As a result, Liz can now read and understand the Arrernte language at a basic but functional level.

“With the culture, I don’t leave the same as when I came. I won’t ever be able to think in only a whitefella way again, even when I transition back into mainstream,” she says.

“I’ve been blessed to have been taught aspects of deeper culture which they don’t share with everyone.”

Local couple Kellie Mayne and Marcus Williams, who met when Kellie returned to Santa Teresa as a teacher after she had been there for a school immersion some years before, say Liz will be missed. “Sr Liz is such a good stick,” says Kellie. “She’s always available to everyone and anyone. Her door is always open. Locals often go to her for prayer, help and advice.”

Marcus agrees that Liz’s embrace of the Arrernte culture and her warm presence have made her a much-loved member of the community.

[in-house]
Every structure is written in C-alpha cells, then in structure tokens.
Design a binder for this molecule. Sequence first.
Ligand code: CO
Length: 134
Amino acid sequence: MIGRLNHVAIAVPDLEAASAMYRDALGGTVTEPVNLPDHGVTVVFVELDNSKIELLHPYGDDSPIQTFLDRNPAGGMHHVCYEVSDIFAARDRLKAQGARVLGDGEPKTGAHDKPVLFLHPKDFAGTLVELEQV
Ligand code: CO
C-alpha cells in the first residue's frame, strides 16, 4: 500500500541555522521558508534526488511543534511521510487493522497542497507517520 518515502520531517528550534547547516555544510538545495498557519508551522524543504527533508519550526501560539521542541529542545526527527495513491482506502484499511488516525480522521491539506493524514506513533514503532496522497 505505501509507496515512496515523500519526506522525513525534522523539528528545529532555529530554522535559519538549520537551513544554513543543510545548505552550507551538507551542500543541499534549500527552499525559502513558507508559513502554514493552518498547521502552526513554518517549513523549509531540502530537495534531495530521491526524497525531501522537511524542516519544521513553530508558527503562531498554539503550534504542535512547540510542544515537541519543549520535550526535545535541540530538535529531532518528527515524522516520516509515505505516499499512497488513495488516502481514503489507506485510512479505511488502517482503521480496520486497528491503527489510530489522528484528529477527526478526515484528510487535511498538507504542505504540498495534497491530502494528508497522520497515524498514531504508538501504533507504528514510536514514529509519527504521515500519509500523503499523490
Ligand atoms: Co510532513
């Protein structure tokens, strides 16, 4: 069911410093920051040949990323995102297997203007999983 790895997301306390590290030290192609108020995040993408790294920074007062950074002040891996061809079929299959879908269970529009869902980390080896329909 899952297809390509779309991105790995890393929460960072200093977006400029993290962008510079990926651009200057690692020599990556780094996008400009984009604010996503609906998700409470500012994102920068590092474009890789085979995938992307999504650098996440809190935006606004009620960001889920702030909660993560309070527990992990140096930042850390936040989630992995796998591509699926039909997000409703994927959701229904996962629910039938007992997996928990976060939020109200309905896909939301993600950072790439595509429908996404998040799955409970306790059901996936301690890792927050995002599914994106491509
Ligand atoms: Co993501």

“She’s a person who understands our way of life in a cultural sense,” he says. “For instance, when a person passes away, she knows what the protocols are and how to approach people, how to be gentle about it.

“And just being there for people. People knew who to go to in terms of questions about things they didn’t understand. Even with the COVID-19 pandemic, people were panicking, but then they approached Sr Liz and asked her about it and she explained everything.

“Sr Liz spent a lot of time creating relationships. She’s been a rock in our community.”

Liz says she will miss not only the people of Santa Teresa, but also the Religious who are working in Central Australia and with whom she helped initiate regular social and prayer gatherings.

She will be taking some time for rest before moving on to her next appointment. “I’m not sure what that will be, but I have a sense it will be picking up something in the area of working with marginalised people.”


Debra Vermeer

Debra Vermeer is a freelance journalist working in both Catholic and mainstream media.

If you would like to republish this article, please contact the editor.